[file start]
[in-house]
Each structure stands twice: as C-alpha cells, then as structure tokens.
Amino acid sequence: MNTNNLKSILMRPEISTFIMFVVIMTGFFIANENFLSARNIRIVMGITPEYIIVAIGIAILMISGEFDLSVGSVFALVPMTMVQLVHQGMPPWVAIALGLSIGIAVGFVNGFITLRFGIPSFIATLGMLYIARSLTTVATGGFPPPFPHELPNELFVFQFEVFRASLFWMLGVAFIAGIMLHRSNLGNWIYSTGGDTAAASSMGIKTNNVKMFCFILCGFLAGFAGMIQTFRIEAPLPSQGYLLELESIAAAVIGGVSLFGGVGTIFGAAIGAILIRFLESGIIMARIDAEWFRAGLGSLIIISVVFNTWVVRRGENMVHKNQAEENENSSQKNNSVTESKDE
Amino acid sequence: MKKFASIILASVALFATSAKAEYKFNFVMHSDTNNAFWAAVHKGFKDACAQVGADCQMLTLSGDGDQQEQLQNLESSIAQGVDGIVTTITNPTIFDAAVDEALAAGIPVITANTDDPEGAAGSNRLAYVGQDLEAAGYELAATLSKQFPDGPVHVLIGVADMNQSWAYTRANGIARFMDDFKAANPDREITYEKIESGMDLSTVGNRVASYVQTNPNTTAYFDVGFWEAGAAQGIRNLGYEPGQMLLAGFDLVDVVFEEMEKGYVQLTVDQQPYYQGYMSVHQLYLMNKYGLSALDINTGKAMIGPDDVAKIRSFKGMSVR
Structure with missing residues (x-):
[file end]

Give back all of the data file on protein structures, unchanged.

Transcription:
[in-house]
Each structure stands twice: as C-alpha cells, then as structure tokens.
Amino acid sequence: MNTNNLKSILMRPEISTFIMFVVIMTGFFIANENFLSARNIRIVMGITPEYIIVAIGIAILMISGEFDLSVGSVFALVPMTMVQLVHQGMPPWVAIALGLSIGIAVGFVNGFITLRFGIPSFIATLGMLYIARSLTTVATGGFPPPFPHELPNELFVFQFEVFRASLFWMLGVAFIAGIMLHRSNLGNWIYSTGGDTAAASSMGIKTNNVKMFCFILCGFLAGFAGMIQTFRIEAPLPSQGYLLELESIAAAVIGGVSLFGGVGTIFGAAIGAILIRFLESGIIMARIDAEWFRAGLGSLIIISVVFNTWVVRRGENMVHKNQAEENENSSQKNNSVTESKDE
Amino acid sequence: MKKFASIILASVALFATSAKAEYKFNFVMHSDTNNAFWAAVHKGFKDACAQVGADCQMLTLSGDGDQQEQLQNLESSIAQGVDGIVTTITNPTIFDAAVDEALAAGIPVITANTDDPEGAAGSNRLAYVGQDLEAAGYELAATLSKQFPDGPVHVLIGVADMNQSWAYTRANGIARFMDDFKAANPDREITYEKIESGMDLSTVGNRVASYVQTNPNTTAYFDVGFWEAGAAQGIRNLGYEPGQMLLAGFDLVDVVFEEMEKGYVQLTVDQQPYYQGYMSVHQLYLMNKYGLSALDINTGKAMIGPDDVAKIRSFKGMSVR
Structure with missing residues (x-):